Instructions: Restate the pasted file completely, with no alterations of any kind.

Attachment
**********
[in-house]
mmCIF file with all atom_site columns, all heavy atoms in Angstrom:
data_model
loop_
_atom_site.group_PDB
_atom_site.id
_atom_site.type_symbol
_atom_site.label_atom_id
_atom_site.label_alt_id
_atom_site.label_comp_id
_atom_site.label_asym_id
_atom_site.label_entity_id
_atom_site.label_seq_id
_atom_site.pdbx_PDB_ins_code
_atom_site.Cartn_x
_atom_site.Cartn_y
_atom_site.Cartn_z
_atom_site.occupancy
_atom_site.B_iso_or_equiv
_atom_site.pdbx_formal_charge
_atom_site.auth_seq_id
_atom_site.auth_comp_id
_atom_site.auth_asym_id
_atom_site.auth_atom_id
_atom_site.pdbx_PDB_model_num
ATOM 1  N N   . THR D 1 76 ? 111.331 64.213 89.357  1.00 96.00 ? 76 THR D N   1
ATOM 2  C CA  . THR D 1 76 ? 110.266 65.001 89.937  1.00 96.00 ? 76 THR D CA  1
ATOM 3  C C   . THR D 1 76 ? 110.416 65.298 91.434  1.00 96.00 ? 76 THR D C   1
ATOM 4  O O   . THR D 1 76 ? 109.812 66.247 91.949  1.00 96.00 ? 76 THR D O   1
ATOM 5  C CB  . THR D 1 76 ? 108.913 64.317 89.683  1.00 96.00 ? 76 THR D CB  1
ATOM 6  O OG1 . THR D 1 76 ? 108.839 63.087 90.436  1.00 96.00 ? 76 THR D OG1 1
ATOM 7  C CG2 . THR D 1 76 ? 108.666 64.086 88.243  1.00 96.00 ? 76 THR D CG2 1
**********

[in-house]
mmCIF file with all atom_site columns, all heavy atoms in Angstrom:
data_model
loop_
_atom_site.group_PDB
_atom_site.id
_atom_site.type_symbol
_atom_site.label_atom_id
_atom_site.label_alt_id
_atom_site.label_comp_id
_atom_site.label_asym_id
_atom_site.label_entity_id
_atom_site.label_seq_id
_atom_site.pdbx_PDB_ins_code
_atom_site.Cartn_x
_atom_site.Cartn_y
_atom_site.Cartn_z
_atom_site.occupancy
_atom_site.B_iso_or_equiv
_atom_site.pdbx_formal_charge
_atom_site.auth_seq_id
_atom_site.auth_comp_id
_atom_site.auth_asym_id
_atom_site.auth_atom_id
_atom_site.pdbx_PDB_model_num
ATOM 1  N N   . THR D 1 76 ? 111.331 64.213 89.357  1.00 96.00 ? 76 THR D N   1
ATOM 2  C CA  . THR D 1 76 ? 110.266 65.001 89.937  1.00 96.00 ? 76 THR D CA  1
ATOM 3  C C   . THR D 1 76 ? 110.416 65.298 91.434  1.00 96.00 ? 76 THR D C   1
ATOM 4  O O   . THR D 1 76 ? 109.812 66.247 91.949  1.00 96.00 ? 76 THR D O   1
ATOM 5  C CB  . THR D 1 76 ? 108.913 64.317 89.683  1.00 96.00 ? 76 THR D CB  1
ATOM 6  O OG1 . THR D 1 76 ? 108.839 63.087 90.436  1.00 96.00 ? 76 THR D OG1 1
ATOM 7  C CG2 . THR D 1 76 ? 108.666 64.086 88.243  1.00 96.00 ? 76 THR D CG2 1